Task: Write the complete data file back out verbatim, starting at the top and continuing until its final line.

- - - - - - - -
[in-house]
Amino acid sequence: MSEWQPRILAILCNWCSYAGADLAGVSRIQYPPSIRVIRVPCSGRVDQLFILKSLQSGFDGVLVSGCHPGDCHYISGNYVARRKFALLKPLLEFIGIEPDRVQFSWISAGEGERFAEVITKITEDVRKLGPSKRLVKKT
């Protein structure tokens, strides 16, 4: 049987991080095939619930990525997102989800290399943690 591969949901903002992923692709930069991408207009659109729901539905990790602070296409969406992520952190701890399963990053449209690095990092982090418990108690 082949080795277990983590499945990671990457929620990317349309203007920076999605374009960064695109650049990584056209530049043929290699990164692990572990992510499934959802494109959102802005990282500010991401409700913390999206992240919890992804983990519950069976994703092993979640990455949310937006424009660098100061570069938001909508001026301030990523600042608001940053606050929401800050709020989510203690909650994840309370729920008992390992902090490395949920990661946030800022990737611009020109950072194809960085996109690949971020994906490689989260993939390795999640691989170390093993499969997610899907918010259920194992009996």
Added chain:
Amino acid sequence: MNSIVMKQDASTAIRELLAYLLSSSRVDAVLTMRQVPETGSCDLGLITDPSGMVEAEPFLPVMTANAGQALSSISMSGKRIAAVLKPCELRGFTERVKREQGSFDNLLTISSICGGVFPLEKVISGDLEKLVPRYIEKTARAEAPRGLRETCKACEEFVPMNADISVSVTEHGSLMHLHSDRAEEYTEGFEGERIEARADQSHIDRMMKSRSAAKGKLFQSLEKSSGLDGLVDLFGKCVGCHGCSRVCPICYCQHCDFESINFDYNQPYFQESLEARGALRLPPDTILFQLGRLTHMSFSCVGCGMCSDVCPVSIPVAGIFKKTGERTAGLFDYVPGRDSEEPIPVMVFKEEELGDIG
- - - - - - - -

[in-house]
Amino acid sequence: MSEWQPRILAILCNWCSYAGADLAGVSRIQYPPSIRVIRVPCSGRVDQLFILKSLQSGFDGVLVSGCHPGDCHYISGNYVARRKFALLKPLLEFIGIEPDRVQFSWISAGEGERFAEVITKITEDVRKLGPSKRLVKKT
């Protein structure tokens, strides 16, 4: 049987991080095939619930990525997102989800290399943690 591969949901903002992923692709930069991408207009659109729901539905990790602070296409969406992520952190701890399963990053449209690095990092982090418990108690 082949080795277990983590499945990671990457929620990317349309203007920076999605374009960064695109650049990584056209530049043929290699990164692990572990992510499934959802494109959102802005990282500010991401409700913390999206992240919890992804983990519950069976994703092993979640990455949310937006424009660098100061570069938001909508001026301030990523600042608001940053606050929401800050709020989510203690909650994840309370729920008992390992902090490395949920990661946030800022990737611009020109950072194809960085996109690949971020994906490689989260993939390795999640691989170390093993499969997610899907918010259920194992009996």
Added chain:
Amino acid sequence: MNSIVMKQDASTAIRELLAYLLSSSRVDAVLTMRQVPETGSCDLGLITDPSGMVEAEPFLPVMTANAGQALSSISMSGKRIAAVLKPCELRGFTERVKREQGSFDNLLTISSICGGVFPLEKVISGDLEKLVPRYIEKTARAEAPRGLRETCKACEEFVPMNADISVSVTEHGSLMHLHSDRAEEYTEGFEGERIEARADQSHIDRMMKSRSAAKGKLFQSLEKSSGLDGLVDLFGKCVGCHGCSRVCPICYCQHCDFESINFDYNQPYFQESLEARGALRLPPDTILFQLGRLTHMSFSCVGCGMCSDVCPVSIPVAGIFKKTGERTAGLFDYVPGRDSEEPIPVMVFKEEELGDIG